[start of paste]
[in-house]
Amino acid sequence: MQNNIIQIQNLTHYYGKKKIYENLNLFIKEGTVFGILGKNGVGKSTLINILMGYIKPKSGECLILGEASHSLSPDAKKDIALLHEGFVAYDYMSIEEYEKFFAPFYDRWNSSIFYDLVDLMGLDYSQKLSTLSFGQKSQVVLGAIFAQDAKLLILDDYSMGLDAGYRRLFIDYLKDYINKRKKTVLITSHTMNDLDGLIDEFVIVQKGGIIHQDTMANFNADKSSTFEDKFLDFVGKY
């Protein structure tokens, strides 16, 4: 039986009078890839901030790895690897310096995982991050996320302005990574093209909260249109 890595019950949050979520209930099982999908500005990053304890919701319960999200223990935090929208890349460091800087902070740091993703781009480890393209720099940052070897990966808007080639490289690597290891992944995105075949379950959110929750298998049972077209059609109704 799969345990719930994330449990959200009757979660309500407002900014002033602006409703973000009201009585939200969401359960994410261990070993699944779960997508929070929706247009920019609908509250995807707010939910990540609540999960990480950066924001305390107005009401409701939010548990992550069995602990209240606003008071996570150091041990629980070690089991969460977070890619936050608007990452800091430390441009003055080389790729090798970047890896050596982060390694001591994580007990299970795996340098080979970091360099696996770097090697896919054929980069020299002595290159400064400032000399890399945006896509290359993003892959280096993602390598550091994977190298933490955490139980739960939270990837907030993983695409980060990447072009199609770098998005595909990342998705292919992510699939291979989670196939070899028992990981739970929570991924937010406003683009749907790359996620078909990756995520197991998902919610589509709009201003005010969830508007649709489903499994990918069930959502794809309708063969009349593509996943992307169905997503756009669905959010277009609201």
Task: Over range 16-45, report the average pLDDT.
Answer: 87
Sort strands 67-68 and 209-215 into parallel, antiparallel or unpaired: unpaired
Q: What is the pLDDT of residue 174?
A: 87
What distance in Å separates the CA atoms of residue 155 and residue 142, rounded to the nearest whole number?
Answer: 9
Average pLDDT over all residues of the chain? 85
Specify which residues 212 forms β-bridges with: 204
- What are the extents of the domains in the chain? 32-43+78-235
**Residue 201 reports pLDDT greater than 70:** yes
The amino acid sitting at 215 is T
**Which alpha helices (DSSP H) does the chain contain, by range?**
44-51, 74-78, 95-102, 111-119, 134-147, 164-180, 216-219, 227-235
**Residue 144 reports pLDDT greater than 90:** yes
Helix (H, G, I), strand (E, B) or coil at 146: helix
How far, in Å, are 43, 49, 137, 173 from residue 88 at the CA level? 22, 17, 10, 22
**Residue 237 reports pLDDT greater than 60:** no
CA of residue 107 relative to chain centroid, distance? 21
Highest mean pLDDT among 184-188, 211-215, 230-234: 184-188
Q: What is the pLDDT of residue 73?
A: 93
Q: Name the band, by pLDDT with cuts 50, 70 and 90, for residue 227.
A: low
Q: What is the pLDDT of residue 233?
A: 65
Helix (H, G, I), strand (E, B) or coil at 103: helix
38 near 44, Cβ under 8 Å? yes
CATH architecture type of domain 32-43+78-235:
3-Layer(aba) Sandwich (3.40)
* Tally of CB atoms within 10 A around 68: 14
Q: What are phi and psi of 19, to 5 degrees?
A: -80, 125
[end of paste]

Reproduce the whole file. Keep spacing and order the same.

[in-house]
Amino acid sequence: MQNNIIQIQNLTHYYGKKKIYENLNLFIKEGTVFGILGKNGVGKSTLINILMGYIKPKSGECLILGEASHSLSPDAKKDIALLHEGFVAYDYMSIEEYEKFFAPFYDRWNSSIFYDLVDLMGLDYSQKLSTLSFGQKSQVVLGAIFAQDAKLLILDDYSMGLDAGYRRLFIDYLKDYINKRKKTVLITSHTMNDLDGLIDEFVIVQKGGIIHQDTMANFNADKSSTFEDKFLDFVGKY
């Protein structure tokens, strides 16, 4: 039986009078890839901030790895690897310096995982991050996320302005990574093209909260249109 890595019950949050979520209930099982999908500005990053304890919701319960999200223990935090929208890349460091800087902070740091993703781009480890393209720099940052070897990966808007080639490289690597290891992944995105075949379950959110929750298998049972077209059609109704 799969345990719930994330449990959200009757979660309500407002900014002033602006409703973000009201009585939200969401359960994410261990070993699944779960997508929070929706247009920019609908509250995807707010939910990540609540999960990480950066924001305390107005009401409701939010548990992550069995602990209240606003008071996570150091041990629980070690089991969460977070890619936050608007990452800091430390441009003055080389790729090798970047890896050596982060390694001591994580007990299970795996340098080979970091360099696996770097090697896919054929980069020299002595290159400064400032000399890399945006896509290359993003892959280096993602390598550091994977190298933490955490139980739960939270990837907030993983695409980060990447072009199609770098998005595909990342998705292919992510699939291979989670196939070899028992990981739970929570991924937010406003683009749907790359996620078909990756995520197991998902919610589509709009201003005010969830508007649709489903499994990918069930959502794809309708063969009349593509996943992307169905997503756009669905959010277009609201």
Task: Over range 16-45, report the average pLDDT.
Answer: 87
Sort strands 67-68 and 209-215 into parallel, antiparallel or unpaired: unpaired
Q: What is the pLDDT of residue 174?
A: 87
What distance in Å separates the CA atoms of residue 155 and residue 142, rounded to the nearest whole number?
Answer: 9
Average pLDDT over all residues of the chain? 85
Specify which residues 212 forms β-bridges with: 204
- What are the extents of the domains in the chain? 32-43+78-235
**Residue 201 reports pLDDT greater than 70:** yes
The amino acid sitting at 215 is T
**Which alpha helices (DSSP H) does the chain contain, by range?**
44-51, 74-78, 95-102, 111-119, 134-147, 164-180, 216-219, 227-235
**Residue 144 reports pLDDT greater than 90:** yes
Helix (H, G, I), strand (E, B) or coil at 146: helix
How far, in Å, are 43, 49, 137, 173 from residue 88 at the CA level? 22, 17, 10, 22
**Residue 237 reports pLDDT greater than 60:** no
CA of residue 107 relative to chain centroid, distance? 21
Highest mean pLDDT among 184-188, 211-215, 230-234: 184-188
Q: What is the pLDDT of residue 73?
A: 93
Q: Name the band, by pLDDT with cuts 50, 70 and 90, for residue 227.
A: low
Q: What is the pLDDT of residue 233?
A: 65
Helix (H, G, I), strand (E, B) or coil at 103: helix
38 near 44, Cβ under 8 Å? yes
CATH architecture type of domain 32-43+78-235:
3-Layer(aba) Sandwich (3.40)
* Tally of CB atoms within 10 A around 68: 14
Q: What are phi and psi of 19, to 5 degrees?
A: -80, 125